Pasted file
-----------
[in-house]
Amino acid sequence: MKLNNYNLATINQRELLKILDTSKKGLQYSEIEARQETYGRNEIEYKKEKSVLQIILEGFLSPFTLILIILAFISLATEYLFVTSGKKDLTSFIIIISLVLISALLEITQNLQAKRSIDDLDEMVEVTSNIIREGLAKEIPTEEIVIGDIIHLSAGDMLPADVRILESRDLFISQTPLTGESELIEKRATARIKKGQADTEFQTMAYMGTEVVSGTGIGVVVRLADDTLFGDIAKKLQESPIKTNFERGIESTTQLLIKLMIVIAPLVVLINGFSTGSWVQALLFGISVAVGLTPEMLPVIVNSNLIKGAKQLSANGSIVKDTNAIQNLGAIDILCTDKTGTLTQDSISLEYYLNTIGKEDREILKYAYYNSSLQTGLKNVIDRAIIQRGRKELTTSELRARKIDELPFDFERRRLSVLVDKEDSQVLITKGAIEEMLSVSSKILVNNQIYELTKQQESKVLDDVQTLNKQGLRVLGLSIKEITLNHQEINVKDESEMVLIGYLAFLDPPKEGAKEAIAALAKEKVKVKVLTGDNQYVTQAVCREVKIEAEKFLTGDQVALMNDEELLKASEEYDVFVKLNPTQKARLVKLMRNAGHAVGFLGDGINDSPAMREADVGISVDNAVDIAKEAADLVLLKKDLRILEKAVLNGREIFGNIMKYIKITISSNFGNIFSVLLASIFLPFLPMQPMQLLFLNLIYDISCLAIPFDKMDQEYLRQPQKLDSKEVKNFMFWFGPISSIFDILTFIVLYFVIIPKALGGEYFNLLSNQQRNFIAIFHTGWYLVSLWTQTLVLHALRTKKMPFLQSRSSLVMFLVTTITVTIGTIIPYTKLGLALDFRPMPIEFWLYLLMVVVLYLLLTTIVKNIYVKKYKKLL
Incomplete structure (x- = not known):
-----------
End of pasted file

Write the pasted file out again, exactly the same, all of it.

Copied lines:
[in-house]
Amino acid sequence: MKLNNYNLATINQRELLKILDTSKKGLQYSEIEARQETYGRNEIEYKKEKSVLQIILEGFLSPFTLILIILAFISLATEYLFVTSGKKDLTSFIIIISLVLISALLEITQNLQAKRSIDDLDEMVEVTSNIIREGLAKEIPTEEIVIGDIIHLSAGDMLPADVRILESRDLFISQTPLTGESELIEKRATARIKKGQADTEFQTMAYMGTEVVSGTGIGVVVRLADDTLFGDIAKKLQESPIKTNFERGIESTTQLLIKLMIVIAPLVVLINGFSTGSWVQALLFGISVAVGLTPEMLPVIVNSNLIKGAKQLSANGSIVKDTNAIQNLGAIDILCTDKTGTLTQDSISLEYYLNTIGKEDREILKYAYYNSSLQTGLKNVIDRAIIQRGRKELTTSELRARKIDELPFDFERRRLSVLVDKEDSQVLITKGAIEEMLSVSSKILVNNQIYELTKQQESKVLDDVQTLNKQGLRVLGLSIKEITLNHQEINVKDESEMVLIGYLAFLDPPKEGAKEAIAALAKEKVKVKVLTGDNQYVTQAVCREVKIEAEKFLTGDQVALMNDEELLKASEEYDVFVKLNPTQKARLVKLMRNAGHAVGFLGDGINDSPAMREADVGISVDNAVDIAKEAADLVLLKKDLRILEKAVLNGREIFGNIMKYIKITISSNFGNIFSVLLASIFLPFLPMQPMQLLFLNLIYDISCLAIPFDKMDQEYLRQPQKLDSKEVKNFMFWFGPISSIFDILTFIVLYFVIIPKALGGEYFNLLSNQQRNFIAIFHTGWYLVSLWTQTLVLHALRTKKMPFLQSRSSLVMFLVTTITVTIGTIIPYTKLGLALDFRPMPIEFWLYLLMVVVLYLLLTTIVKNIYVKKYKKLL
Incomplete structure (x- = not known):